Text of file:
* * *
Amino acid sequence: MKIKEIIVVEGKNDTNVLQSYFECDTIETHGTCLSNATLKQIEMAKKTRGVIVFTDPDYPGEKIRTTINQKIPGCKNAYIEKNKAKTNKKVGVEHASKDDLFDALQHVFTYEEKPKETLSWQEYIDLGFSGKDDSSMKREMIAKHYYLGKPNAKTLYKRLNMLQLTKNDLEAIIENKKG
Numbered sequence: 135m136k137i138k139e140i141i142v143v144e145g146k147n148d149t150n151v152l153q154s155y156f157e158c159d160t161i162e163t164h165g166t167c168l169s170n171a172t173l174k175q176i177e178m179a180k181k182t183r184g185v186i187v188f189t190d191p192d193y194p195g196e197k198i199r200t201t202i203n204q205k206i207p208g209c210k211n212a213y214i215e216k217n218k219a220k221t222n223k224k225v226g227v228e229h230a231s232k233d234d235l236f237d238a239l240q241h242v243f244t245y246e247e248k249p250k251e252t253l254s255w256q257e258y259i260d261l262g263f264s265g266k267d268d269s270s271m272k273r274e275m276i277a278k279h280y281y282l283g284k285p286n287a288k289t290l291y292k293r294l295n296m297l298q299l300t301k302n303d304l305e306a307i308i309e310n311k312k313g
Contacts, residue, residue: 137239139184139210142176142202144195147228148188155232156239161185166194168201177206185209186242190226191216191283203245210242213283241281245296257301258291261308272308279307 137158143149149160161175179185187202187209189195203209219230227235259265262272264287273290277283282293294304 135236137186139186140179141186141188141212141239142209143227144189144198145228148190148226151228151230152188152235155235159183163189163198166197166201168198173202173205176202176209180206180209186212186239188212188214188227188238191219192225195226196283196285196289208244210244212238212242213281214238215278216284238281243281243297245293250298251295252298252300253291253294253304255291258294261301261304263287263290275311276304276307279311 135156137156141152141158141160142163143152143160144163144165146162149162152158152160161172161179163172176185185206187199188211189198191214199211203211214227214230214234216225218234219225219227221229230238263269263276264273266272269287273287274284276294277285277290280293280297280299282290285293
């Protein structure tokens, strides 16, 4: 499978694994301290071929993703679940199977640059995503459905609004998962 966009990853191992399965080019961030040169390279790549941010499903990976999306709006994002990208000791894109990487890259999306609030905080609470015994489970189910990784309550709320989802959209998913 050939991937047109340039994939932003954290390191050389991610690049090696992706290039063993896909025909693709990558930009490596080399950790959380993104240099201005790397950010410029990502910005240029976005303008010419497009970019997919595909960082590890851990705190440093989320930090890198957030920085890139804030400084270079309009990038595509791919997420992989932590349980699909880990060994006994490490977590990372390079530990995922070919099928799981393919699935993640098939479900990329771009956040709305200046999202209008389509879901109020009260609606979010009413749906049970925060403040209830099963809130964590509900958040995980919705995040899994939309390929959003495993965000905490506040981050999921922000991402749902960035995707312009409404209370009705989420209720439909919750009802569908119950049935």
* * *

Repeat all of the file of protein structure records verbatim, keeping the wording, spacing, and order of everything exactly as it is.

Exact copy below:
Amino acid sequence: MKIKEIIVVEGKNDTNVLQSYFECDTIETHGTCLSNATLKQIEMAKKTRGVIVFTDPDYPGEKIRTTINQKIPGCKNAYIEKNKAKTNKKVGVEHASKDDLFDALQHVFTYEEKPKETLSWQEYIDLGFSGKDDSSMKREMIAKHYYLGKPNAKTLYKRLNMLQLTKNDLEAIIENKKG
Numbered sequence: 135m136k137i138k139e140i141i142v143v144e145g146k147n148d149t150n151v152l153q154s155y156f157e158c159d160t161i162e163t164h165g166t167c168l169s170n171a172t173l174k175q176i177e178m179a180k181k182t183r184g185v186i187v188f189t190d191p192d193y194p195g196e197k198i199r200t201t202i203n204q205k206i207p208g209c210k211n212a213y214i215e216k217n218k219a220k221t222n223k224k225v226g227v228e229h230a231s232k233d234d235l236f237d238a239l240q241h242v243f244t245y246e247e248k249p250k251e252t253l254s255w256q257e258y259i260d261l262g263f264s265g266k267d268d269s270s271m272k273r274e275m276i277a278k279h280y281y282l283g284k285p286n287a288k289t290l291y292k293r294l295n296m297l298q299l300t301k302n303d304l305e306a307i308i309e310n311k312k313g
Contacts, residue, residue: 137239139184139210142176142202144195147228148188155232156239161185166194168201177206185209186242190226191216191283203245210242213283241281245296257301258291261308272308279307 137158143149149160161175179185187202187209189195203209219230227235259265262272264287273290277283282293294304 135236137186139186140179141186141188141212141239142209143227144189144198145228148190148226151228151230152188152235155235159183163189163198166197166201168198173202173205176202176209180206180209186212186239188212188214188227188238191219192225195226196283196285196289208244210244212238212242213281214238215278216284238281243281243297245293250298251295252298252300253291253294253304255291258294261301261304263287263290275311276304276307279311 135156137156141152141158141160142163143152143160144163144165146162149162152158152160161172161179163172176185185206187199188211189198191214199211203211214227214230214234216225218234219225219227221229230238263269263276264273266272269287273287274284276294277285277290280293280297280299282290285293
């Protein structure tokens, strides 16, 4: 499978694994301290071929993703679940199977640059995503459905609004998962 966009990853191992399965080019961030040169390279790549941010499903990976999306709006994002990208000791894109990487890259999306609030905080609470015994489970189910990784309550709320989802959209998913 050939991937047109340039994939932003954290390191050389991610690049090696992706290039063993896909025909693709990558930009490596080399950790959380993104240099201005790397950010410029990502910005240029976005303008010419497009970019997919595909960082590890851990705190440093989320930090890198957030920085890139804030400084270079309009990038595509791919997420992989932590349980699909880990060994006994490490977590990372390079530990995922070919099928799981393919699935993640098939479900990329771009956040709305200046999202209008389509879901109020009260609606979010009413749906049970925060403040209830099963809130964590509900958040995980919705995040899994939309390929959003495993965000905490506040981050999921922000991402749902960035995707312009409404209370009705989420209720439909919750009802569908119950049935």